AUGUSTA – Regina Gagnon has cobbled together an income from whatever temporary work she’s been able to find since losing her job at Sappi Fine Paper in 2006.

“It’s been tough for the last three, four years,” said Gagnon, who lives in Augusta. “I’m doing what I can to survive.”

Gagnon most recently worked for the U.S. Census Bureau but has been without work since September, when she started receiving unemployment benefits.

Those payments expire in mid-January, however, and they won’t be renewed unless a lame-duck Congress in its final days approves another extension of unemployment benefits.

“If they’re considering ending this, that would be very tough,” Gagnon said Wednesday as she searched for work at the Augusta CareerCenter.

Unemployment benefits for those who have been without work for 99 weeks began expiring Wednesday, and the U.S. Department of Labor estimates that benefits for 2 million Americans will expire by Christmas.

In Maine, unemployment benefits for nearly 6,800 people are set to expire Dec. 11, said Adam Fisher, a Maine Department of Labor spokesman.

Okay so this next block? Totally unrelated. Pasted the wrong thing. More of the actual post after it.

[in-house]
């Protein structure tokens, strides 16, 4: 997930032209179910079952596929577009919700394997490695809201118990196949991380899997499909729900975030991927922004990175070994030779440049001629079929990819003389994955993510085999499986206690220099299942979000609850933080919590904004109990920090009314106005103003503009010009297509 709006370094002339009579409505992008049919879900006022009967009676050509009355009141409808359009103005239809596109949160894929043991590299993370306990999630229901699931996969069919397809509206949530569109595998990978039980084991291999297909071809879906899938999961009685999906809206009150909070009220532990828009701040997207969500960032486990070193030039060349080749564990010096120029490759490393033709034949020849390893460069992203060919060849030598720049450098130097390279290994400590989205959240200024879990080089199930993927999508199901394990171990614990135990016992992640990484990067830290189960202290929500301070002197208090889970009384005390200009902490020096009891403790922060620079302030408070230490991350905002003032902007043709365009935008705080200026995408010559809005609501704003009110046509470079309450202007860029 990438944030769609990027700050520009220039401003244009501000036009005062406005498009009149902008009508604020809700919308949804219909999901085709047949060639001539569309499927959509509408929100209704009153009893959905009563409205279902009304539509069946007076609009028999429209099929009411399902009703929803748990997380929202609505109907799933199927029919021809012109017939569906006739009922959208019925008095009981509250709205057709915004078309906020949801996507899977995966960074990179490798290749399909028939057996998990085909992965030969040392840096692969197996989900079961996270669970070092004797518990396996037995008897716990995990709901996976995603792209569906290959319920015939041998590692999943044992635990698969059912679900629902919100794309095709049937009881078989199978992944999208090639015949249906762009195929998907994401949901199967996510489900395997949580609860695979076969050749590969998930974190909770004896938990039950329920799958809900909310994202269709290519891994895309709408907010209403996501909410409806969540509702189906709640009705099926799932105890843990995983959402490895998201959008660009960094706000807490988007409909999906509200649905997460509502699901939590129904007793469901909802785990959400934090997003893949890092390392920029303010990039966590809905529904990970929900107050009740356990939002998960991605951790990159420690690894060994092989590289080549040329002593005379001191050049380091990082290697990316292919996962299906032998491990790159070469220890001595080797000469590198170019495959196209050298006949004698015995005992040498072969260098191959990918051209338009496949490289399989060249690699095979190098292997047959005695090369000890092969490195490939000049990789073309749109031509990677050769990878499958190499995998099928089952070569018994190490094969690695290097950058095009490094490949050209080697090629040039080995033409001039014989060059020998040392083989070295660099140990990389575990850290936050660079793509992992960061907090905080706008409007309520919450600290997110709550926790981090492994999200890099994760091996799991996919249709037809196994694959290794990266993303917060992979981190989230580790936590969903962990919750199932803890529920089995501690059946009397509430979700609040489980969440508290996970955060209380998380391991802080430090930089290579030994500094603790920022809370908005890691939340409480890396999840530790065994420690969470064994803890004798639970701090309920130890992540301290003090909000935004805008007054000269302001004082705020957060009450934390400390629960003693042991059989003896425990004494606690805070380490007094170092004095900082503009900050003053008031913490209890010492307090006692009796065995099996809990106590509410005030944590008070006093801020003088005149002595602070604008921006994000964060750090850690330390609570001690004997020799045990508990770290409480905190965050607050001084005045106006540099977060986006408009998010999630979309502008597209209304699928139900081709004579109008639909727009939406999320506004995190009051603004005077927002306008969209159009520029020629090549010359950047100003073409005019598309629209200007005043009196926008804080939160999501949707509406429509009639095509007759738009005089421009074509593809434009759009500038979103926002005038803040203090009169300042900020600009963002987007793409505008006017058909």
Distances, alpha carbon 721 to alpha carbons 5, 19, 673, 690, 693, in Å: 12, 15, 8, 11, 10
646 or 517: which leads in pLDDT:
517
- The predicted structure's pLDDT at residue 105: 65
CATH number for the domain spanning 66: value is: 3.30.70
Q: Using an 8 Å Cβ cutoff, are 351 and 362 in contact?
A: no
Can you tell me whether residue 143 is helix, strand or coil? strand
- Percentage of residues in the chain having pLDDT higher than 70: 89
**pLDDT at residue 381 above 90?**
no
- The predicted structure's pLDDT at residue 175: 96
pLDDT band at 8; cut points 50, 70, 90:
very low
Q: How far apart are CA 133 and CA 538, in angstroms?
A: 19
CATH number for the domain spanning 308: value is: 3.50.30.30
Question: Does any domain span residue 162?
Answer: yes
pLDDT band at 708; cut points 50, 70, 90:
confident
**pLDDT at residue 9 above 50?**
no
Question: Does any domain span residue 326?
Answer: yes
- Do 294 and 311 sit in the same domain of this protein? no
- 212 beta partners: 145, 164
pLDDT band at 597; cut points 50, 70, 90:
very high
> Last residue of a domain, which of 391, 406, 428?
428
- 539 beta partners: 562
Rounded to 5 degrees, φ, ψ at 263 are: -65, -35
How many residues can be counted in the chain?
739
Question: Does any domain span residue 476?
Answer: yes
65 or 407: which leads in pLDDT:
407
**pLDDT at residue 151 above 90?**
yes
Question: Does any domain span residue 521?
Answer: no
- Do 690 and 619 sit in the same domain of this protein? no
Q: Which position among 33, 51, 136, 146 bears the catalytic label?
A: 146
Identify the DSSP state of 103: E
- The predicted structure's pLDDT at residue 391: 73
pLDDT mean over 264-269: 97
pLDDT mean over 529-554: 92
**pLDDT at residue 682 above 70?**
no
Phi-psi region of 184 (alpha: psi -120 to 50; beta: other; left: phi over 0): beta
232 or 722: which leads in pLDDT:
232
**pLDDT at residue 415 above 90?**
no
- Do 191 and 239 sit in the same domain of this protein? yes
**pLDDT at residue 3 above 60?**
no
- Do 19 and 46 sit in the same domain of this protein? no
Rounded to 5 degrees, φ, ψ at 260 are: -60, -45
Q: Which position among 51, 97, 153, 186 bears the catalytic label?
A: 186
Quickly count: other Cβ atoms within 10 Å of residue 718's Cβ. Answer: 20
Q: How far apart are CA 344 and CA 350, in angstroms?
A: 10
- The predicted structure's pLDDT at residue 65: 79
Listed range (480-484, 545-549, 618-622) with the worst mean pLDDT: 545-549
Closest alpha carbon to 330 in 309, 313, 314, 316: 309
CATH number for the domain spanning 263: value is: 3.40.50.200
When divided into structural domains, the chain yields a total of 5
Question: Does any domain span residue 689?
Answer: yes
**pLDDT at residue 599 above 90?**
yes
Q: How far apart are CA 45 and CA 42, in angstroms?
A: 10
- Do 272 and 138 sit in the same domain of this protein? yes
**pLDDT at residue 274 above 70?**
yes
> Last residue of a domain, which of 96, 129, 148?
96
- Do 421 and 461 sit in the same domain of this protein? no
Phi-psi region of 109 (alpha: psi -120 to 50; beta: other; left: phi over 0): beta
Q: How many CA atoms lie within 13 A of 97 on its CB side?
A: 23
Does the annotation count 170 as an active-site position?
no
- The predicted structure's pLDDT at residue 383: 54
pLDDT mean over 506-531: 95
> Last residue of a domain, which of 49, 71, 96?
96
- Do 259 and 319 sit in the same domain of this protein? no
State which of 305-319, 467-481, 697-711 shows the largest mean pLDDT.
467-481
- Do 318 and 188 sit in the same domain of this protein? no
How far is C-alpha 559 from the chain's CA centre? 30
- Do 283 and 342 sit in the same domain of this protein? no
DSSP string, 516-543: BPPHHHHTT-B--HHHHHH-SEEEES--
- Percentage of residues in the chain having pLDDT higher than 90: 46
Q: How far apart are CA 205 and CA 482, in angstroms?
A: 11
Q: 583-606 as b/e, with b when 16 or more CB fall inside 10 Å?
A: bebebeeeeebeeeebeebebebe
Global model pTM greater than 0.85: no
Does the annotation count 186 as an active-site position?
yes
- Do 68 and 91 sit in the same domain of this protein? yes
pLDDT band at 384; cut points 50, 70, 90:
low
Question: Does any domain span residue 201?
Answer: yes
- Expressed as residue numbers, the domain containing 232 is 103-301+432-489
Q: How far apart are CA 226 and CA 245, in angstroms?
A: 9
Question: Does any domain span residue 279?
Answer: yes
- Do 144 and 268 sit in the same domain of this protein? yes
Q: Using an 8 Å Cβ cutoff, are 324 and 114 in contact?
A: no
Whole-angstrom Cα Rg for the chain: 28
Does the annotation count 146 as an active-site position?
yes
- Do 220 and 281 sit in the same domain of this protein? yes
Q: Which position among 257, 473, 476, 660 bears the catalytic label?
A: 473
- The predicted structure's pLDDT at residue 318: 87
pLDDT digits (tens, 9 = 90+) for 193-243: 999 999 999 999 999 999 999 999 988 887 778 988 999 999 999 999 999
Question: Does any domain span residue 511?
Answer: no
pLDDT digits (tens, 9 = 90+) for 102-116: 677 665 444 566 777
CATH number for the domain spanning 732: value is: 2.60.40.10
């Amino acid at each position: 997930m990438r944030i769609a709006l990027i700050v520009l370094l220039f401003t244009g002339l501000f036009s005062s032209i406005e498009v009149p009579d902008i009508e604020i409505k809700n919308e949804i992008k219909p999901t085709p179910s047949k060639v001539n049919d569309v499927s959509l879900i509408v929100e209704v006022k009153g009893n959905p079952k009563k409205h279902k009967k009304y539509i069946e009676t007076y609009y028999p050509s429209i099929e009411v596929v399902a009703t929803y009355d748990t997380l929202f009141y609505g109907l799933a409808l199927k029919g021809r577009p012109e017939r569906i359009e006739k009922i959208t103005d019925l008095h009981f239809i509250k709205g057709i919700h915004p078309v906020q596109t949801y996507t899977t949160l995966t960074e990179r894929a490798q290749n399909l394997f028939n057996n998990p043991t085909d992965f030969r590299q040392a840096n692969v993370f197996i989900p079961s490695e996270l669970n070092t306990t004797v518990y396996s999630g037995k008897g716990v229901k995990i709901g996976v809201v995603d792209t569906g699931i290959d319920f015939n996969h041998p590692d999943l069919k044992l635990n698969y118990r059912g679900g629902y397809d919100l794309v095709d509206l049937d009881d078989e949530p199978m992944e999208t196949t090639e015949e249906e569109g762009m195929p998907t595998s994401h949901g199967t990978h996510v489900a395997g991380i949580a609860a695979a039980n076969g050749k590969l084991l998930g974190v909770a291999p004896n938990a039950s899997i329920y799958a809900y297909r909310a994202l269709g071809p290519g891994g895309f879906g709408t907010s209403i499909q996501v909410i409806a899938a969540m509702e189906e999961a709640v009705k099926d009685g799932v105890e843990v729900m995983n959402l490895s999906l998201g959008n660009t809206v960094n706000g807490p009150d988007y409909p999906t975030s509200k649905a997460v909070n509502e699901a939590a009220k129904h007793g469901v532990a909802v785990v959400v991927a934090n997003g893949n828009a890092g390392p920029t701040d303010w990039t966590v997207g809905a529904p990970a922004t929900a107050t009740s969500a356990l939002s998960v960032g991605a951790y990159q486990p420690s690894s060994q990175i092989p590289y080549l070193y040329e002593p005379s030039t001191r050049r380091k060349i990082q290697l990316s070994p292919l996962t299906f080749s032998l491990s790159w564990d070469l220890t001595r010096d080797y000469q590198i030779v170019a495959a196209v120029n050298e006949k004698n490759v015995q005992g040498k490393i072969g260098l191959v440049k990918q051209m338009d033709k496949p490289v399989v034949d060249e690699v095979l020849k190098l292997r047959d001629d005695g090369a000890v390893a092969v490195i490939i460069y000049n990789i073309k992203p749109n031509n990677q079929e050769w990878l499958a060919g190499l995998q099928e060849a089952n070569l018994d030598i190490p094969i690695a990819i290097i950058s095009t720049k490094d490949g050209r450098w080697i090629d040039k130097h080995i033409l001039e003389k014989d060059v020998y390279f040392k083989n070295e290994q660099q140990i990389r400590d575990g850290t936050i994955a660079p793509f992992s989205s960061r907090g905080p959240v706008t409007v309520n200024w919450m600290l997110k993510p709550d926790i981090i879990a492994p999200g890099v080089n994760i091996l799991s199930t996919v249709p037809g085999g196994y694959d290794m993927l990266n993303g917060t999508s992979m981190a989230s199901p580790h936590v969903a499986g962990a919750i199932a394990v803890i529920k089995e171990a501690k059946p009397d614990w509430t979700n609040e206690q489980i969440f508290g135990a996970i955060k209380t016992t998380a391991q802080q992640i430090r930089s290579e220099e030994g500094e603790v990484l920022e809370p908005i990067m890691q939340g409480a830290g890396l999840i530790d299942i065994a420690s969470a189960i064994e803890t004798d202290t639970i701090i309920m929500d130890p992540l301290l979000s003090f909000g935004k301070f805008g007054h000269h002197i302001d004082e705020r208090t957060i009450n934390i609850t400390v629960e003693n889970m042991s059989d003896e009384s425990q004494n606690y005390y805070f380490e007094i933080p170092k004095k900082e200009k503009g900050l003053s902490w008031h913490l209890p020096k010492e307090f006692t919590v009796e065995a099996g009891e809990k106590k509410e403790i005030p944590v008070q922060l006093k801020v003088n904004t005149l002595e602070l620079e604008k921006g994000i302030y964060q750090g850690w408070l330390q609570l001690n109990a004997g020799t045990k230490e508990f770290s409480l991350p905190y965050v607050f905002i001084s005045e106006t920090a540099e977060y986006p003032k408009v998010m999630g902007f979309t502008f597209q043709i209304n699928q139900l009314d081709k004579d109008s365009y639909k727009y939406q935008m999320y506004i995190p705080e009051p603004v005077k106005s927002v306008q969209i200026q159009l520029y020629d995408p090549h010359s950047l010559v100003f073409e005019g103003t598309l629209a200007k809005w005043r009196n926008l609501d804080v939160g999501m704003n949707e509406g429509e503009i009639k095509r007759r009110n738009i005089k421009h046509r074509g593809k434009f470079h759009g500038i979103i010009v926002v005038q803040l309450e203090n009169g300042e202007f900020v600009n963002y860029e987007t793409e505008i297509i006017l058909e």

the end of the year, nearly 2,700 additional unemployed Maine residents are scheduled to join their ranks.

Unless an extension is passed, the total number of Mainers to lose jobless benefits would reach more than 21,000 by mid-April. The Maine Department of Labor reported last month that about 24,000 Mainers are receiving unemployment benefits, with an average weekly payment of $266.73.

The Maine Department of Labor has received numerous calls since recipients recently began receiving notices that their benefits may soon lapse.

“We’ve been inundated with calls from people wondering how this is going to impact them,” Fisher said.

Anne Haggar has already seen her unemployment benefits dry up; she’s been out of work for 26 months and is looking for jobs in human resources.

“Some very dedicated unemployed people are job searching very diligently,” Haggar said Wednesday.

U.S. Rep. Chellie Pingree, D-1st District, called for an extension of jobless benefits Wednesday on the House floor.

“Putting American workers ahead of millionaires and billionaires should be our priority and shouldn’t be a tough choice to make,” she said.

But the extension failed to win the support needed in the House before Thanksgiving, and Senate Democrats had no luck Tuesday in their bid to extend benefits in a fast-track floor vote.

In a letter to Senate Majority Leader Harry Reid, D-Nev., all 42 Republican senators Wednesday vowed to block nearly all legislation until tax cuts are extended and a bill is passed to fund the federal government.

The Associated Press and Tribune Washington Bureau contributed to this report.